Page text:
BOOKTHINK: What should collectors/booksellers be looking for in collectible quality Modern Library editions? Any tips or cautionary notes?

Well, as you can tell from my answer to the "ways to collect" question, I believe that "collectible" is a relative term. So I don't know if I can address this. But I can say that you need to have a pretty complete description of a copy - everything from printing date of both the book and the dust jacket, binding style, DJ style, and of course condition. As far as cautionary notes, both Modern Library dating and first edition points can be tricky. For example, a number of volumes retain their "First Modern Library Edition" slugs long after the first printing. And dating is a real nightmare! But that's one of the reasons I created the Dogeared website - to handle that sort of thing.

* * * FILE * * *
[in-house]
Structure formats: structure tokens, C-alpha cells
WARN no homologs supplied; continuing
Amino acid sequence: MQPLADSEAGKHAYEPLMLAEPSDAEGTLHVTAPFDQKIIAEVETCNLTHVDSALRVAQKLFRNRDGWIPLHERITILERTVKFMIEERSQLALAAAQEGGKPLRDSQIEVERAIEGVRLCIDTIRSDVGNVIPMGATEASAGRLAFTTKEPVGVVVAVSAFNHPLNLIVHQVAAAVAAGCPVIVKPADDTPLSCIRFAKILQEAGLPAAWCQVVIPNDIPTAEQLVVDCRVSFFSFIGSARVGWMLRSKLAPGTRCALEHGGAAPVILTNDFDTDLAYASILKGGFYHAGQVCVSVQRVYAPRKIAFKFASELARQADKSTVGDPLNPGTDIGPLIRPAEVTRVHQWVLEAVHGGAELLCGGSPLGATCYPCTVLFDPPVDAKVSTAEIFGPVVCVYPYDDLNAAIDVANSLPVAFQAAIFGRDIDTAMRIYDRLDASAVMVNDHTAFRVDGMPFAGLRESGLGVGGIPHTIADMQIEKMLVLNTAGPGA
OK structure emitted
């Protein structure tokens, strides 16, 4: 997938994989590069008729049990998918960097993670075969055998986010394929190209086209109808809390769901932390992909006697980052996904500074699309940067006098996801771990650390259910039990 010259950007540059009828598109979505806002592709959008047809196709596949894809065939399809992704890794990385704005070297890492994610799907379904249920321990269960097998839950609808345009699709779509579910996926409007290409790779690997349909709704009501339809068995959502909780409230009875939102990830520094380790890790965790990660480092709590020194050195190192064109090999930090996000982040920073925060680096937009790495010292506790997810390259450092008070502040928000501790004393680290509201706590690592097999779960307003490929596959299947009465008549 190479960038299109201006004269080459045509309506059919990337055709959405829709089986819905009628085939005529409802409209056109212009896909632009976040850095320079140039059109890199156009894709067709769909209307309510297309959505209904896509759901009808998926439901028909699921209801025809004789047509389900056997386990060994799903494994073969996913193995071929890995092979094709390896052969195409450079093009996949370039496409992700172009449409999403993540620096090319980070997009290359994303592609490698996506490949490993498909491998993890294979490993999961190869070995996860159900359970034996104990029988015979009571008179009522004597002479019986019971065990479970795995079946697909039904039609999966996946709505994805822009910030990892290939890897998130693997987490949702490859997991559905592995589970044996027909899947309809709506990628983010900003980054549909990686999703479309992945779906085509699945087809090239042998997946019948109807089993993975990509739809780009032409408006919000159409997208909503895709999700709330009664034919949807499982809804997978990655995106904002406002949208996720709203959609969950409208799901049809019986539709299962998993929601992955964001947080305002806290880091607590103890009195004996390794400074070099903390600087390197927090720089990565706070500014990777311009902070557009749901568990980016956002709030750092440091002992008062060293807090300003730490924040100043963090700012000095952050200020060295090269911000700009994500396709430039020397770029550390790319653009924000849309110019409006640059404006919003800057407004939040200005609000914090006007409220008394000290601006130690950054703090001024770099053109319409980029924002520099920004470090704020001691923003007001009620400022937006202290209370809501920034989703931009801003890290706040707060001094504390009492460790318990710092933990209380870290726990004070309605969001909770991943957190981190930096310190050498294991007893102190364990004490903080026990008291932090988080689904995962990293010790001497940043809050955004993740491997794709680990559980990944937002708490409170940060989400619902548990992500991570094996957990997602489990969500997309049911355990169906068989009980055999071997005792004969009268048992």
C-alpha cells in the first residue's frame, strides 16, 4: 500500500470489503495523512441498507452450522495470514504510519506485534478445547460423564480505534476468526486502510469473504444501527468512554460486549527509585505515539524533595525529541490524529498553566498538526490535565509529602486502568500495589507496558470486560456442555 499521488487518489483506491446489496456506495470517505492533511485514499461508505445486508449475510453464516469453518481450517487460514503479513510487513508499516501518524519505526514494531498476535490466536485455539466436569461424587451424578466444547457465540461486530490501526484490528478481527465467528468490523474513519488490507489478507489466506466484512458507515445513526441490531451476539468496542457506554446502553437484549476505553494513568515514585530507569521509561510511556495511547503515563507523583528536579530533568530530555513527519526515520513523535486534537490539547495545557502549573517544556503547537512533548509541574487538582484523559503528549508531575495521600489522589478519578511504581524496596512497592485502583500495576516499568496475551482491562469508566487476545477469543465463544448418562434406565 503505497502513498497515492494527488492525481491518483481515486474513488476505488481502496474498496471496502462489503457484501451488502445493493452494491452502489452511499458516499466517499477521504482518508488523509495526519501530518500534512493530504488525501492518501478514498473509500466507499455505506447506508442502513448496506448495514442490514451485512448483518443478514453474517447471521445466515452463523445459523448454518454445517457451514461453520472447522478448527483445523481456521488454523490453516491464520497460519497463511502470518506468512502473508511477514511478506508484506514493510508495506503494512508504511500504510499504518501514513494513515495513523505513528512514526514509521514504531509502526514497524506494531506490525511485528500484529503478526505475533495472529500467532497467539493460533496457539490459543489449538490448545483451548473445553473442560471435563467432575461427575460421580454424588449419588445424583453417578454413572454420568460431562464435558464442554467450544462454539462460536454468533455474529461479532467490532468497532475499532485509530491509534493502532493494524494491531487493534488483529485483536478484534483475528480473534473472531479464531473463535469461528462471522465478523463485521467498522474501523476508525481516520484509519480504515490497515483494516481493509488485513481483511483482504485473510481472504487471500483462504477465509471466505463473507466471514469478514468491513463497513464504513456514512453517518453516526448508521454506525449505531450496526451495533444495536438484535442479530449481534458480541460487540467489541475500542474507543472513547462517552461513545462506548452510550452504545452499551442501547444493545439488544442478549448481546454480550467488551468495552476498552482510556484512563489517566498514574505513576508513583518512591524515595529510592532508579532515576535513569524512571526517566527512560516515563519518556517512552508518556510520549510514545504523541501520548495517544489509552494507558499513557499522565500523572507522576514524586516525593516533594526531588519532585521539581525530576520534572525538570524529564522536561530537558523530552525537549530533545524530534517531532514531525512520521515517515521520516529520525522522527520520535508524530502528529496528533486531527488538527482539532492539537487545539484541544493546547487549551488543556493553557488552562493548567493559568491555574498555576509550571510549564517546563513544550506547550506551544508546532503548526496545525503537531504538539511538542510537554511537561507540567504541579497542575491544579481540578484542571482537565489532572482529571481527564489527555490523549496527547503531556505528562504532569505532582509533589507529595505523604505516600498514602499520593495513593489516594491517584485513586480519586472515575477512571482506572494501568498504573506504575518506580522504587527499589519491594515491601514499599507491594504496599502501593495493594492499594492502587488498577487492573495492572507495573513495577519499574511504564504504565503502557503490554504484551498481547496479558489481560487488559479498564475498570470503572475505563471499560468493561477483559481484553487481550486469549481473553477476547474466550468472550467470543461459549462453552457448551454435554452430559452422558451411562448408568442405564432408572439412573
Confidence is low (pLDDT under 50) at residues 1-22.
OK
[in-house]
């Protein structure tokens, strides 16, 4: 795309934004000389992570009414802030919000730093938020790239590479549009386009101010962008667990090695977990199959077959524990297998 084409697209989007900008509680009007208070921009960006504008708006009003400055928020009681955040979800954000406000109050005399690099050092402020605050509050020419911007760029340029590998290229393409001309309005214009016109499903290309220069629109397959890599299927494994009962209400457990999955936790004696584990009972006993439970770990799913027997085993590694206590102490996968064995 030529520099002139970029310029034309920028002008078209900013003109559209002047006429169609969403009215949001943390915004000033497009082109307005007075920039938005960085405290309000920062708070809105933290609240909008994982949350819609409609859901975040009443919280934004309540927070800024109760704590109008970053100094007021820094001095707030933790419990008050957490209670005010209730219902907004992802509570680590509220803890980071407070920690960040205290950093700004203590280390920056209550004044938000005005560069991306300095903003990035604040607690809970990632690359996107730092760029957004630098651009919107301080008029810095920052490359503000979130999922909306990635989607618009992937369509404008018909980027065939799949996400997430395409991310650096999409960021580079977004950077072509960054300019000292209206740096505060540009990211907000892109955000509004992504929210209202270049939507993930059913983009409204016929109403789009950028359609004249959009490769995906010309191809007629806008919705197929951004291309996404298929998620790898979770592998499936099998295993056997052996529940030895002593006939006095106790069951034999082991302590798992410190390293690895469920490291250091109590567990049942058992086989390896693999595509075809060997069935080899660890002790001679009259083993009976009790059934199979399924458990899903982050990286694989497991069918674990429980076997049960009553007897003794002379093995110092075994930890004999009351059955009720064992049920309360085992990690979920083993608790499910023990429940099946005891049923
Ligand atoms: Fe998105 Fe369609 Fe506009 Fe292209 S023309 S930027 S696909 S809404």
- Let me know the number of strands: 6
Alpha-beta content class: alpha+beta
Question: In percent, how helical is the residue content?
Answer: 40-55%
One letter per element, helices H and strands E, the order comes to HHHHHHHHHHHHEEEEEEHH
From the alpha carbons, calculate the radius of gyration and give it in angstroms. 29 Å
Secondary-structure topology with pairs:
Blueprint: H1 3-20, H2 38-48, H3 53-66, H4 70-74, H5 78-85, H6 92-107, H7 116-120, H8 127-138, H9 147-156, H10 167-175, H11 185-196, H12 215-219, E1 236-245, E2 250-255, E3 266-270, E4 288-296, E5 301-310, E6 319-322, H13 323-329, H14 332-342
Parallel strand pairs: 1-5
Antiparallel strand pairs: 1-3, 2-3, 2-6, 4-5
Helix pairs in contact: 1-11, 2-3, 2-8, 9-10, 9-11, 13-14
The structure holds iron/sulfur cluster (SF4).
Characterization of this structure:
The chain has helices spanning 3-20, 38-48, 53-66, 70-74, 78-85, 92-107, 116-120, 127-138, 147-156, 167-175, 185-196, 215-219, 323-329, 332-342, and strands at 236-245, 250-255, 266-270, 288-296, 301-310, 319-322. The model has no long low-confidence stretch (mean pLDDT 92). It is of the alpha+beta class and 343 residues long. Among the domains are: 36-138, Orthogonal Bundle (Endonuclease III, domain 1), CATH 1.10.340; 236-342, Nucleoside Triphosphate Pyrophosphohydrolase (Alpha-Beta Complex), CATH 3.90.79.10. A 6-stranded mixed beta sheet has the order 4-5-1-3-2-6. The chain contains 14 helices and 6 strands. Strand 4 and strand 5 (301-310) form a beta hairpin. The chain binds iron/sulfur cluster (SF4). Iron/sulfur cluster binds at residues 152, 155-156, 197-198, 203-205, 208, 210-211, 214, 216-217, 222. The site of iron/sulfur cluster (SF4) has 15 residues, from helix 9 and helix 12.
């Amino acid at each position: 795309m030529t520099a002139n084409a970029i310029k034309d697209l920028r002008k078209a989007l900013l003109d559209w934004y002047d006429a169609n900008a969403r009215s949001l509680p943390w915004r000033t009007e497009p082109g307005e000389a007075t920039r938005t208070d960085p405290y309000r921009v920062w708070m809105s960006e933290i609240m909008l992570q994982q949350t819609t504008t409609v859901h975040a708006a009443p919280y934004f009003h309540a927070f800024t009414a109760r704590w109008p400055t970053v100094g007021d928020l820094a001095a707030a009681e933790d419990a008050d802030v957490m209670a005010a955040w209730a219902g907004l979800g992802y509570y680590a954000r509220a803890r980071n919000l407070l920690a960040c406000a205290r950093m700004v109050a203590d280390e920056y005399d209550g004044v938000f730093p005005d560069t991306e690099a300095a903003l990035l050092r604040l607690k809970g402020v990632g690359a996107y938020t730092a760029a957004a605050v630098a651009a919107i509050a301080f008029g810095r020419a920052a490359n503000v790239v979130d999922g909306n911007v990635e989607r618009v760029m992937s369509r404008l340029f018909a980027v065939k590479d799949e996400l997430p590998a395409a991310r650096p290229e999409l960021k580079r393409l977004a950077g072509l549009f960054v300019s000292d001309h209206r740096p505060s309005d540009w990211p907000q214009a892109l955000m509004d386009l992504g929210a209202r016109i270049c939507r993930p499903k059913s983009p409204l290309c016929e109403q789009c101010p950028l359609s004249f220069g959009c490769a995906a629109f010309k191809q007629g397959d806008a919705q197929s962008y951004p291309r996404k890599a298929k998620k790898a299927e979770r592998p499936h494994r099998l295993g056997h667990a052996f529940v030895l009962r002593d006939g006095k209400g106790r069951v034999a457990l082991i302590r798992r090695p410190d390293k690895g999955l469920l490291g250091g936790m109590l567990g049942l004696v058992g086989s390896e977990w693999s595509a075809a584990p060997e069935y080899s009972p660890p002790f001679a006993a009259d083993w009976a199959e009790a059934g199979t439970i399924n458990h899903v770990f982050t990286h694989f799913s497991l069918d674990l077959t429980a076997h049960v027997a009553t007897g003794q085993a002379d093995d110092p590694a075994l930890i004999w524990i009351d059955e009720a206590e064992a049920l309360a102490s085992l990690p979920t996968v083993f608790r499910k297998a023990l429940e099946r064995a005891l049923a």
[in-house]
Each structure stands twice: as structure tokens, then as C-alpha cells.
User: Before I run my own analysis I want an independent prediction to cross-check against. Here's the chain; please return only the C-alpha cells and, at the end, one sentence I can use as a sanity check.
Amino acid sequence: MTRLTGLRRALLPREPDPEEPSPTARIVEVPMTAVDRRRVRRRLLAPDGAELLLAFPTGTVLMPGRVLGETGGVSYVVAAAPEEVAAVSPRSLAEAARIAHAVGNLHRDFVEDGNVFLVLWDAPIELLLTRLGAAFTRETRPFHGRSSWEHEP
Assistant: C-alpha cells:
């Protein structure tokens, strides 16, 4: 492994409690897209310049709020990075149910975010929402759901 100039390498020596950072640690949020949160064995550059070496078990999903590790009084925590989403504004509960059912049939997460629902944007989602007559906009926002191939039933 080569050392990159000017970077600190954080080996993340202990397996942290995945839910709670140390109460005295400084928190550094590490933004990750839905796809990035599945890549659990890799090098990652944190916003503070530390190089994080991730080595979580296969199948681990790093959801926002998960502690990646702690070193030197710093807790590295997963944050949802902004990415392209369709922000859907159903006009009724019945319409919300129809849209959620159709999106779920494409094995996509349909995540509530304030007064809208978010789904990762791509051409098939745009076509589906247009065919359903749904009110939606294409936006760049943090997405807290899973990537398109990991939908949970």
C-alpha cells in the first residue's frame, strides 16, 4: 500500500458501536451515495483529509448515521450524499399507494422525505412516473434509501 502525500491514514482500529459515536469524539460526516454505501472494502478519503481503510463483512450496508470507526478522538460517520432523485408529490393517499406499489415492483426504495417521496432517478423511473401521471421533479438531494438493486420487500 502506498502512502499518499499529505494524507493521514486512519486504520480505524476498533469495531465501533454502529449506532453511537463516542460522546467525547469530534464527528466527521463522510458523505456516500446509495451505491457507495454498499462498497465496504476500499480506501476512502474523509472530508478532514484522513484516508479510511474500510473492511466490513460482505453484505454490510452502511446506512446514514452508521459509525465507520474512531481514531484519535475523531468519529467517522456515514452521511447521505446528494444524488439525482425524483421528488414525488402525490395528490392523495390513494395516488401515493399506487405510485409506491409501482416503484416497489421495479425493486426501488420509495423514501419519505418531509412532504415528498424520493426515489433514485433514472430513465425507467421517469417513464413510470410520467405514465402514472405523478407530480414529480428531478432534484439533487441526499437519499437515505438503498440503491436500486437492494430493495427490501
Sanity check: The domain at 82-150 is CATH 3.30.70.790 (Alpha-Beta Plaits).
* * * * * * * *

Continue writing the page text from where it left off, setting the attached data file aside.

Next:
BOOKTHINK: Identifying Modern Library "Firsts" isn't always straightforward. Can you give readers a few points and some references they may want to access?

Isn't always straightforward? Boy, there's an understatement. But yeah. Henry Toledano's Modern Library Price Guide 1917-2000 is essential. It's an incredible resource. If you don't have a copy, you really aren't going to be very successful collecting Modern Library titles. The Dogeared website has dating keys compiled by Gordon Neavill, probably the greatest living authority on the bibliobraphic aspects of Modern Library books. It also has a number of FAQs dealing with collecting Modern Library first editions.

BOOKTHINK: Can you share a few "high points" for Modern Library collectors - some of the more elusive and sought-after editions and some idea of their market value? Is there any one edition you would particularly like to acquire?